When you are taking pictures of persons or animals, in addition to the subject-tracking feature, you will also see the face and eye detection come into play. This also works quite well; when we tested it, it was able to recognize a bird’s eye from a distance of several hundred meters and effortlessly follow it as it moved across the screen. This is an incredible feat.

In a similar manner, while I was taking pictures of a dog moving about on the beach, it performed precisely the same thing, maintaining a dark eye surrounded by dark hair. Because human eyes are just as easily picked out, this technique is suitable for portraiture as well as sports photography.

Naturally, you will also want quick shooting speeds for photographing sports and animals, and the EOS R7 has this feature as well. If you use the mechanical shutter, you can get up to 15 frames per second, which is a respectable rate in and of itself; however, if you switch to the electronic shutter, you can achieve up to 30 frames per second. This is an amazing deal for the price, especially considering that it supports raw photography and continuous AF. The trade-off is that there is a potential for a rolling shutter, which can result in slanted vertical lines; however, this is not something that we encountered very frequently.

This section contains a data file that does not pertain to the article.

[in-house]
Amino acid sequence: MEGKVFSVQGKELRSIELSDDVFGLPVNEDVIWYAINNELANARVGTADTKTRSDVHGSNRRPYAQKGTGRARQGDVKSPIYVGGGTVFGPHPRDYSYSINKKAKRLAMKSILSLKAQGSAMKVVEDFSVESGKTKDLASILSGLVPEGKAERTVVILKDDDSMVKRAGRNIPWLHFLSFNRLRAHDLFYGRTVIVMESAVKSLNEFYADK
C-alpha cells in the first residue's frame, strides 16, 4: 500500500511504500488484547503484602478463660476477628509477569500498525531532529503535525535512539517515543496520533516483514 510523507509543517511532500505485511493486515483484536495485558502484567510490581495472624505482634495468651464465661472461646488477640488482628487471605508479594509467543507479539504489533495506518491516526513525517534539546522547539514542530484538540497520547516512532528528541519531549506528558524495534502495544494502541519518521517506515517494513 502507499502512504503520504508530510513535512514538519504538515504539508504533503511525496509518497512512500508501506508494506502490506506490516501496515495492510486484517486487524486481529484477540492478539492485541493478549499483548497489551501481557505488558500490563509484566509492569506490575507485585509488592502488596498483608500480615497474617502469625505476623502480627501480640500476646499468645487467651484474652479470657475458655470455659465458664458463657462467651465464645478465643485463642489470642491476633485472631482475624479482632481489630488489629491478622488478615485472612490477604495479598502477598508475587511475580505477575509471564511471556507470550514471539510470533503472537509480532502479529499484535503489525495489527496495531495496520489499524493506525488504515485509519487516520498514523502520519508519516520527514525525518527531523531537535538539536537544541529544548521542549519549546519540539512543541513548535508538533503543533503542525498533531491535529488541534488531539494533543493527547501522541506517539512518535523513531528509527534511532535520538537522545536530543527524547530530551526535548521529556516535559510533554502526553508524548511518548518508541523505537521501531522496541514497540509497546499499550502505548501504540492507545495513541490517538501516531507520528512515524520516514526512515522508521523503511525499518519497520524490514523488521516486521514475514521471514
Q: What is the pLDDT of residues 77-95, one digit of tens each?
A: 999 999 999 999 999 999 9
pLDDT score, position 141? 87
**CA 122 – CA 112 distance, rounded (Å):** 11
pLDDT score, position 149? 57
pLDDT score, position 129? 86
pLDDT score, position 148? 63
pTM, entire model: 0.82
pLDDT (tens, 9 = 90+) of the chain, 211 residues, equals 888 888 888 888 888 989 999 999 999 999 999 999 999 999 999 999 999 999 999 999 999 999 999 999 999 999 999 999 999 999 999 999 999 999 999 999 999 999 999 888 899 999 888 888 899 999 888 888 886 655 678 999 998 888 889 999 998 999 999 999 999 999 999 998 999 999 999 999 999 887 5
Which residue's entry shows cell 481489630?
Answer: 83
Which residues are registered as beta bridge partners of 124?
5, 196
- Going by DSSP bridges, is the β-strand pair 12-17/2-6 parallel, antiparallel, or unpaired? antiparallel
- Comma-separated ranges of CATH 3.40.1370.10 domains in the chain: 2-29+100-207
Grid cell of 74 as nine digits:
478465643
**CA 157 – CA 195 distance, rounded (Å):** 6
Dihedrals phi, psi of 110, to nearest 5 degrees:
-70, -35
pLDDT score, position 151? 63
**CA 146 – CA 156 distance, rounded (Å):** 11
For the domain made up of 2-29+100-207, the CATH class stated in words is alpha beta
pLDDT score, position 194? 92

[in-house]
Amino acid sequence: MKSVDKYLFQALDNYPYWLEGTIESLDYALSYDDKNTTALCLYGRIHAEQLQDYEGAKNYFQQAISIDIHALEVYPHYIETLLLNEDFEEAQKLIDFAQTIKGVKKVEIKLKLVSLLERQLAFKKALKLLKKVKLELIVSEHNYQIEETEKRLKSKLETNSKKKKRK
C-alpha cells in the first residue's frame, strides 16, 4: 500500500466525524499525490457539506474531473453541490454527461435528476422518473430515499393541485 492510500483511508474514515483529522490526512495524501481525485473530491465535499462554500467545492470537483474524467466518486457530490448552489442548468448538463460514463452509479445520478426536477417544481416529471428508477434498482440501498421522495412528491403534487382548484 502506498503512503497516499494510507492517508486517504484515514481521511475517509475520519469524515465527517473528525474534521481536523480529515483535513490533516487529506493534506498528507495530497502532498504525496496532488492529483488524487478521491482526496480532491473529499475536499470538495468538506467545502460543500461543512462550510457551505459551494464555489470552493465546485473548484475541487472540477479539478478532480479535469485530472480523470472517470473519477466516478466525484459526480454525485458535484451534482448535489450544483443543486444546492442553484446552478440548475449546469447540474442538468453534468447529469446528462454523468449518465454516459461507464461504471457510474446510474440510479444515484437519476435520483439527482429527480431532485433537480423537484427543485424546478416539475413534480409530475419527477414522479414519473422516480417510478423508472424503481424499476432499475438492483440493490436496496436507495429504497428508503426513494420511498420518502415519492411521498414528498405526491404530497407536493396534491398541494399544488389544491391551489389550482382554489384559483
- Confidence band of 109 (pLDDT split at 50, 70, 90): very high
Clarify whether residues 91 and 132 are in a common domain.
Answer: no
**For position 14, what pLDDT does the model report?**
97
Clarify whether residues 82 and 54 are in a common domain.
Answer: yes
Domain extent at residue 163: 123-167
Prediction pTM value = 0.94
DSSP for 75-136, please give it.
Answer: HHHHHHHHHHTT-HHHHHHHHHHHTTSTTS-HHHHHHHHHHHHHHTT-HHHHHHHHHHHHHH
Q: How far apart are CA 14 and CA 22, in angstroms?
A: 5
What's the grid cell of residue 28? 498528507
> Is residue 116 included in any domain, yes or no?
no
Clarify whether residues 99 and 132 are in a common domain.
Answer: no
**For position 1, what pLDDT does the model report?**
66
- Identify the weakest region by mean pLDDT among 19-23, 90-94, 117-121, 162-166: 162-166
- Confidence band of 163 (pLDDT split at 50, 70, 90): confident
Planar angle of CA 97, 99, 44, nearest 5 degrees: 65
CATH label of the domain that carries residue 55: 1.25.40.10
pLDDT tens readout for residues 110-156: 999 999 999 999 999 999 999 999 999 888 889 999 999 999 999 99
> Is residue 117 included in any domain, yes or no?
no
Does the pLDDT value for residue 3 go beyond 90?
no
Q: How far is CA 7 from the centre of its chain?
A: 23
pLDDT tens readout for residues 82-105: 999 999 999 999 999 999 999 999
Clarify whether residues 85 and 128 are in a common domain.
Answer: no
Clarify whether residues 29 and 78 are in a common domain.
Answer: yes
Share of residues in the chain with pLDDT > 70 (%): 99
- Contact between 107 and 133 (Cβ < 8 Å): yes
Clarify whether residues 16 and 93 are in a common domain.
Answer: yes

You don’t have the same deep buffer that you would find on a more costly model such as the EOS R6 or the R5, which is disappointing despite the fact that 30 frames per second are a very respectable frame rate. When shooting at 30 frames per second, the camera will need to take a break after just capturing 42 raw files. However, as long as you don’t become too trigger-happy and practice shooting-controlled bursts, this should be plenty for the majority of hobbyist users who are wanting to capture a particular moment.

It is important to note that in order to get the most out of these speeds, you will need a memory card that has a high UHS-II speed rating. When photographing a puppy that was running quickly, we discovered that the majority of our images were in focus, which makes it simpler than ever before to photograph animals, sports, and action at this price point. Having said that, it is important to bring to your attention the fact that the EOS R10 has a hit rate that is comparable to that of the EOS R7 and is even more affordable.